By now you've heard the term "plant-based". There's plant-based ice cream, shampoo, and nuggets, but does this mean these foods and products are healthy? When it comes to health, there's no diet proven to prevent and reverse more chronic diseases than a Whole Foods, Plant-based diet (WFPB).
In this article you'll learn the difference between the terms "Whole Foods, Plant-based (WFPB)", "plant-based", and "vegan", and why WFPB is the very best.
Whole Foods, Plant-based
The original term, whole foods, plant-based was coined by T. Colin Campbell, one of the authors of The China Study, and founder of the Center for Nutrition Studies, formerly T. Colin Campbell Foundation.
A whole foods, plant-based diet is a simple lifestyle where plant foods - fruits, vegetables, mushrooms, beans, whole grains, nuts, seeds, herbs and spices, are enjoyed in millions of delicious combinations. Full of fiber, vitamins, nutrients....and yes, even protein and calcium, these foods are the fuel of strength, vibrancy, longevity and a lean, fit body.
WFPB is love, acceptance, joy, and vibrancy.
A WFPB diet has been scientifically proven to prevent and reverse heart disease, type 2 diabetes, reduce the risk of cancer and Alzheimer's, reduce the risk of childhood asthma and obesity, and so many more chronic diseases.
What whole foods, plant-based is not.
It's not meat; chicken, fish, shrimp, cow, pig, goat, lamb, etc. It's also not milk, eggs. Nor oils (yes, even olive oil or coconut oil), or processed and refined foods.
It's not judgement. It's not perfect. Humans are not perfect. It's ok to jump in 100% WFPB, and it's ok to lean into WFPB. It took me years before I gave up salmon. And then again to reduce oils to virtually nothing, and I'm still not perfect with the oils, but I'm getting better every day.
“Eat food. Not too much. Mostly plants.”
― Michael Pollan, In Defense of Food: An Eater's Manifesto
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Read on to learn more about the term "plant-based" vs. "whole foods, plant-based", and the term "vegan", and to get some awesome plant-based resources at the bottom of this post.....
The term "plant-based" harkens back to "Whole Foods, Plant-based" but in reality, it simply means that there are plant-derived ingredients in the food or product. It's an un-regulated term and has become clever marketing to sell products.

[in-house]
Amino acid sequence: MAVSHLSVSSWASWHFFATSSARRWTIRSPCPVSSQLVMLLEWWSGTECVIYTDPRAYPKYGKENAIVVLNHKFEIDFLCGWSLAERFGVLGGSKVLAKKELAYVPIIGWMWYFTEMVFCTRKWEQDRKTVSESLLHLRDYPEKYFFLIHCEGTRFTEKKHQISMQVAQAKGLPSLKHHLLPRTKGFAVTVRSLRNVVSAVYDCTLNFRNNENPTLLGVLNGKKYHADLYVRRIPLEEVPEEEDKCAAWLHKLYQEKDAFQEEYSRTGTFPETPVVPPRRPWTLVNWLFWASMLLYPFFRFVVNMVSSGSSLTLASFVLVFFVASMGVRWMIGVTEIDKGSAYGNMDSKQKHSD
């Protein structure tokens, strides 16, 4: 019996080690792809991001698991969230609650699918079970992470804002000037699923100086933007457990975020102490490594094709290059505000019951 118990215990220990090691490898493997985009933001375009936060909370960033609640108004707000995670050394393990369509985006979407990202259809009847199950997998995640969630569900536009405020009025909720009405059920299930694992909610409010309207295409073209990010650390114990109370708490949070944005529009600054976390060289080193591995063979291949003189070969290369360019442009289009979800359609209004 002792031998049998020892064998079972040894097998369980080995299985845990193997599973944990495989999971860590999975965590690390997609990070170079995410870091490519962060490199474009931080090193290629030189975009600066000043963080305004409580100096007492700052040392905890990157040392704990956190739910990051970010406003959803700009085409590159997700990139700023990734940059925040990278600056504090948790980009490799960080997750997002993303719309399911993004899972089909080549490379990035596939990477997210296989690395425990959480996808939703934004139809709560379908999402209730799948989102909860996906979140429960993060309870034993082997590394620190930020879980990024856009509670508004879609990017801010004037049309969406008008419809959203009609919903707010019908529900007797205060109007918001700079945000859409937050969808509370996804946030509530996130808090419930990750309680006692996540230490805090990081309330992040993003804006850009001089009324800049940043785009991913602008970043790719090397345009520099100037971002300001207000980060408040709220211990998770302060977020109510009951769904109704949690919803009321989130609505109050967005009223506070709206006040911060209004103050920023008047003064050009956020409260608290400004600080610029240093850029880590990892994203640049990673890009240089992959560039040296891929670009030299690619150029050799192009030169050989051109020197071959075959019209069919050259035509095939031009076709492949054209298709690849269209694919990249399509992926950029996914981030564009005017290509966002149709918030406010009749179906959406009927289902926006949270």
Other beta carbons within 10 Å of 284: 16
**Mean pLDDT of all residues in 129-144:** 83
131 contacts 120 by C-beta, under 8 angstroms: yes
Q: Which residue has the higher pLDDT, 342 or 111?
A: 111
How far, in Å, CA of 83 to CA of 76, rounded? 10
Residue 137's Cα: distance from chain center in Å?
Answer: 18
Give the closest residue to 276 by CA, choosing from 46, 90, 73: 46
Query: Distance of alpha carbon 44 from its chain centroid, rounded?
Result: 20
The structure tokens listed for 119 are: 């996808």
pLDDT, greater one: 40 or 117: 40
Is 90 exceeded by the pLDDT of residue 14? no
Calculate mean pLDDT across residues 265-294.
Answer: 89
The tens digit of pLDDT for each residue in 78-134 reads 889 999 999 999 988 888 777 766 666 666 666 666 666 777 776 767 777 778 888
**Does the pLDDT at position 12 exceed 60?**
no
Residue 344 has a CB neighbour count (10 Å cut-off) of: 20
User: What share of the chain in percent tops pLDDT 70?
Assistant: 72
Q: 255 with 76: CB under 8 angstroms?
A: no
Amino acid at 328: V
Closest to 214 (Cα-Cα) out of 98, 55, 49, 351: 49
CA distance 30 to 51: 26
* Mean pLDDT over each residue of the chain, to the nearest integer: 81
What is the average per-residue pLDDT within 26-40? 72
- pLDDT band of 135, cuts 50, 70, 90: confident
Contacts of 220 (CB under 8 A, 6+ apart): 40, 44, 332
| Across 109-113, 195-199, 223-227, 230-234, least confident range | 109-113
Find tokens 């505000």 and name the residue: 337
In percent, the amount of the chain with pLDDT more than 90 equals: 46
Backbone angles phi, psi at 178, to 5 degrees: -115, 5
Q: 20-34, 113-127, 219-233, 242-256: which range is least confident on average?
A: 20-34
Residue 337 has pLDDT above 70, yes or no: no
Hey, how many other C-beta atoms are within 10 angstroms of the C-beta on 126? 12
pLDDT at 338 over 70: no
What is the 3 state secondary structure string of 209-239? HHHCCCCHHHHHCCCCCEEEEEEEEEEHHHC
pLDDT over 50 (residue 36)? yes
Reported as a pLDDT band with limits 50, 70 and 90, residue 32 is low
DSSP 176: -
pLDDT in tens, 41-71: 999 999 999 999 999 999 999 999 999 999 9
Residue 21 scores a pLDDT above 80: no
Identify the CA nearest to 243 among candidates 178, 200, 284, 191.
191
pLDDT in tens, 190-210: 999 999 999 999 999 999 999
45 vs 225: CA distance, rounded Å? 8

It's important to be aware and read ingredients on food packaging. If you can't read the ingredient or you can't find it in your pantry, don't eat it. Real food is ingredients, it doesn't have ingredients.
“Don't eat anything your great-grandmother wouldn't recognize as food.”
― Michael Pollan
The term "vegan" is grounded in animal activism. Vegans do not eat animal flesh or anything that comes out of an animal or wear clothing derived from animals or anything that came out of an animal.
Vegan food isn't necessarily healthier. It can be healthier, but Oreos are vegan, potato chips are vegan, and lots of other processed foods can be called vegan that are not health-promoting.
Opinion on veganism
In my opinion, the best advocacy for animals happens without us ever having to open our mouths to speak. If we're vegan, as well as whole foods, plant-based, people are drawn to our health, vibrancy, vitality and positivity. I have also found that when I share positive stories about animal advocacy 75% of the time and the realities of factory farms etc. 25% of the time, people are much more open to learning and leaning towards a plant-slant. I'd love to know your thoughts on this too. I'm open to discussion!
“If it came from a plant, eat it; if it was made in a plant, don't. ”
― Michael Pollan
Learn more about WFPB:
I love this simple slide show created by the Center for Nutrition Studies.
Whole Food Plant-based recipes:
Find recipes in our blog:
The FOK website:
And I recently joined this awesome online cookbook subscription from Meatless Meals for only $5 per month!
Whole Foods, Plant-Based Communities:
This is an online community for people working to grow the WFPB movement through business and community projects:
Supportive online community for people new to WFPB eating to get support and recipes.
Trusted WFPB Science:
Do you have a resource to add? Contact us at firstname.lastname@example.org to submit your suggestion!